- As the decade's end approaches and lists begin to spring up all over, literary site The Millions posts its list, voted for by a collection of bloggers, critics and writers, of The Best fiction of the Millennium So Far. And a fine list it is, too. at the time of writing they've only done 20 - 6, but I'm betting Roberto Bolano makes an appearance in that last five alongside Michael Chabon, though of course i could be very wrong...Anyway, it serves, as most lists of books or films or records do, as a syllabus of sorts. Each of these I've read has been great. Which is what really matters.
- Alan Moore interviews Brian Eno! On Radio 4. Odd, but interesting if you like Eno, or Moore.
- The Masters of Cinema catalogue becomes more and more beautiful with each release. Great films in good quality prints in lovely packaging with awesome extras. If you live in the UK, buy DVDs with any regularity, love film and you have none, shame on you. Pick one at random and chances are its incredible. This catalogue is just further loveliness, and reveals a few future releases I was unaware of (Pedro Costa!)
- British airways always gave good advert, but for the last two years they have shunned TV advertising. The massive new campaign they've just launched is some return, focusing as it does on a series of exotic events in far-flung destinations, each given their own spot, from a wildebeest migration to, well, the Buenos aires Superclassico, in this extended version. Great stuff:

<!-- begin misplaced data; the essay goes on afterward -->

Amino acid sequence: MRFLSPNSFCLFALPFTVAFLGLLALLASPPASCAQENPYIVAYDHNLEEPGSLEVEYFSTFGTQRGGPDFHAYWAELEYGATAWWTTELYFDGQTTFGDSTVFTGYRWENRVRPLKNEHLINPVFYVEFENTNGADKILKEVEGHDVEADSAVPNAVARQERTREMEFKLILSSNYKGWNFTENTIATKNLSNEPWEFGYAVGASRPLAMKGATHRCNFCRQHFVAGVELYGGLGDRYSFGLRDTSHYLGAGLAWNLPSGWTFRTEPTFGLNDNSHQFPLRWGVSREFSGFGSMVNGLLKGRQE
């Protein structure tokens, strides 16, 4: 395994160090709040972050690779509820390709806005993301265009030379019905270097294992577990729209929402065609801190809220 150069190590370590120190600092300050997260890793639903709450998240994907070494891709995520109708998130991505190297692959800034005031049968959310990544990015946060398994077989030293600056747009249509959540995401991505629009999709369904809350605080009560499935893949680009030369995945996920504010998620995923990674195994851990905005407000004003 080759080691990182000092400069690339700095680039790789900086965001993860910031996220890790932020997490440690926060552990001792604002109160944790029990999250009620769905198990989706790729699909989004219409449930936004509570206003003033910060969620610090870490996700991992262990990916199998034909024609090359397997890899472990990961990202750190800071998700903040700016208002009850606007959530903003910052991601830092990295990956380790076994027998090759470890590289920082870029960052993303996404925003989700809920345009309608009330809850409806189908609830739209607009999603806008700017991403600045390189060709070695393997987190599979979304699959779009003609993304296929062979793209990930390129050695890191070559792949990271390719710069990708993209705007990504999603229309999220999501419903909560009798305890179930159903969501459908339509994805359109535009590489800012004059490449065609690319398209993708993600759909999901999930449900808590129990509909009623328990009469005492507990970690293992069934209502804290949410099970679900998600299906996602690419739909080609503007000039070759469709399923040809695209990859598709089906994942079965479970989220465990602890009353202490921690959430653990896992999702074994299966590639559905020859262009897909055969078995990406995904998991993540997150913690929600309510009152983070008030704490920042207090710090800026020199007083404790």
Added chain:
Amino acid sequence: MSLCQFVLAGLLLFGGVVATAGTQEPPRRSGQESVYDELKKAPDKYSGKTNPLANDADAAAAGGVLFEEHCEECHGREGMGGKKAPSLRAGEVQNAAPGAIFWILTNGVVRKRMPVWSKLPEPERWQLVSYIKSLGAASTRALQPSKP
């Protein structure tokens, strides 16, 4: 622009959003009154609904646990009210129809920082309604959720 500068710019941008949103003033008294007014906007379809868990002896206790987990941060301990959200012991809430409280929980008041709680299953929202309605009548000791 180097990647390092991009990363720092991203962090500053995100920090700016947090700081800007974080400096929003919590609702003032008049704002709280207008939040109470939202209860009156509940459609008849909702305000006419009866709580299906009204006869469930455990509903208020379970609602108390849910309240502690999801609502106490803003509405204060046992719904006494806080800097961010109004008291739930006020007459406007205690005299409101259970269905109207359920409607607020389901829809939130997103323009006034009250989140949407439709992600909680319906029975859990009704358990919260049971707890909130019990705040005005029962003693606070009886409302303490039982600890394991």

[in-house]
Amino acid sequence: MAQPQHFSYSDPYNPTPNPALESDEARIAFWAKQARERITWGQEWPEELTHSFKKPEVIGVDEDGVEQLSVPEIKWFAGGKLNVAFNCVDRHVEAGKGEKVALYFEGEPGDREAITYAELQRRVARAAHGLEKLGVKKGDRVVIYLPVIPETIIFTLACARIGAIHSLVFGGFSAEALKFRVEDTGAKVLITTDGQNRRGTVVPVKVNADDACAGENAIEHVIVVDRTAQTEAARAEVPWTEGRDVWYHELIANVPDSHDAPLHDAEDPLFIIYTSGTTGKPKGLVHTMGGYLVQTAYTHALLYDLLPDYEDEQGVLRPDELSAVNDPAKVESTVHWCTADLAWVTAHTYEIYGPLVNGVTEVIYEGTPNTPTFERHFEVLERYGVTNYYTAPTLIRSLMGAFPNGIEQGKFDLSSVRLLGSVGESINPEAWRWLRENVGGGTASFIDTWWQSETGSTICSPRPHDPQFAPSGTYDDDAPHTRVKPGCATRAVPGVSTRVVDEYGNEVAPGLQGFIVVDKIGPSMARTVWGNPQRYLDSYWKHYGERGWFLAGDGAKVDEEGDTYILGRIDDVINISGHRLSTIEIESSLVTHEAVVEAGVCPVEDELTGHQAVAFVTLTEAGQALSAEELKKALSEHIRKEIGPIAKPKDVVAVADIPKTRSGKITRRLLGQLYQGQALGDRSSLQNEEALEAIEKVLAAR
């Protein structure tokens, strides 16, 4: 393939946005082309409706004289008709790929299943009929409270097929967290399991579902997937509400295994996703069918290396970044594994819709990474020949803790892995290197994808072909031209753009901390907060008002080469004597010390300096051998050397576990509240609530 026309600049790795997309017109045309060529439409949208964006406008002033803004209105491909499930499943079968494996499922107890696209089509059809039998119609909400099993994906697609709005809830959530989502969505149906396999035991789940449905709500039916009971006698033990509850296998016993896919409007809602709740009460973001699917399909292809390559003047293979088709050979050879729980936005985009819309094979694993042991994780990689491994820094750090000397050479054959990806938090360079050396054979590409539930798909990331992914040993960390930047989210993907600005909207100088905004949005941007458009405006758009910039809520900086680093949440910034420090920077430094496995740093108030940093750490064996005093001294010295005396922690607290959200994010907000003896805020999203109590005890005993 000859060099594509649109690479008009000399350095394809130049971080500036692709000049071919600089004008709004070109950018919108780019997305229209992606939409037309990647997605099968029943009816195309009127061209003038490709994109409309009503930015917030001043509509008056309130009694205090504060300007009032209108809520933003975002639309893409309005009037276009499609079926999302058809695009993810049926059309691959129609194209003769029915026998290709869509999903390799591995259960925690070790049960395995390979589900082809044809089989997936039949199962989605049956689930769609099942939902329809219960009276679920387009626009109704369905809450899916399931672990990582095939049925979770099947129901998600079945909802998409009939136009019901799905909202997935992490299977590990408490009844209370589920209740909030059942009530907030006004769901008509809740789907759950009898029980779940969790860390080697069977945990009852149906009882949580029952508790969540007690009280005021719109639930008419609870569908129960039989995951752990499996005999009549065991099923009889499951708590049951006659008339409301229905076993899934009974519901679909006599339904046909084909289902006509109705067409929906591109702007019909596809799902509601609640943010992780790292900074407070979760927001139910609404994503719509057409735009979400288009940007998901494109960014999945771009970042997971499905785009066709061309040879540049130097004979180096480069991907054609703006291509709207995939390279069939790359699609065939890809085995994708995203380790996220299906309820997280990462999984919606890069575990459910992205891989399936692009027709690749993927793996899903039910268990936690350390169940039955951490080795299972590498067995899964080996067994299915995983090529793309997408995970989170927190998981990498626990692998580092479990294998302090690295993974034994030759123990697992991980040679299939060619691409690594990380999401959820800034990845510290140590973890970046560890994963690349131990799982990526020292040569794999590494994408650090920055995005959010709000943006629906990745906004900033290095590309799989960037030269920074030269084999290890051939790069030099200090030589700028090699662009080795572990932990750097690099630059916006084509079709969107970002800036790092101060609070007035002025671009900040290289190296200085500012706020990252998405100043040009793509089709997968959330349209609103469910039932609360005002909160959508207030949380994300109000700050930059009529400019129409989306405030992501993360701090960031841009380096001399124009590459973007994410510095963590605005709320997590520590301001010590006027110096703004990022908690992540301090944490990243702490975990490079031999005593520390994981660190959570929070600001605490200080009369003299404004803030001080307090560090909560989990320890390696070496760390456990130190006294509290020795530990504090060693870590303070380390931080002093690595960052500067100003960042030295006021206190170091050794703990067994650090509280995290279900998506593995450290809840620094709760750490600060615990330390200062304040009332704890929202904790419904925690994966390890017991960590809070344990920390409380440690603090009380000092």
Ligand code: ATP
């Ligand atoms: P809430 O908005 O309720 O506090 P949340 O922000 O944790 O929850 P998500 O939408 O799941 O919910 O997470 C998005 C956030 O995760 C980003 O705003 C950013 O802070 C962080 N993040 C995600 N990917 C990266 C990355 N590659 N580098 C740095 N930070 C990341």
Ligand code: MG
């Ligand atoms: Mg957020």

- Who buys Simpsons comics? I don't know. I've never bought one or even read one. But Bart Simpson's Treehouse of Horror 15, out this week, changes all that. edited by Sammy Harkham, cartoonist behind the brilliant Poor Sailor and editor of Kramers Ergot, it features work from a slew of Kramers Ergot regulars including Kevin Huizenga and Jeffrey Brown. Basically an indie Simpsons comic, then, which sounds like a good thing to me, especially since Huizenga is one of my favourite working cartoonists...
- I love Big Star. Probably my second favourite band of all time (after the Beatles, obviously), the exhaustive new boxset has made me a happy boy. Amongst the many alternate mixes, demos and live readings there is a single mp4, setting some vintage footage shot by band members Chris Bell and Andy Hummel against the classic "Thirteen". That same footage has been on YouTube for an age, only here its set to the far jauntier "Thank You Friends". Either way, its fantastic
Olivia De Havilland.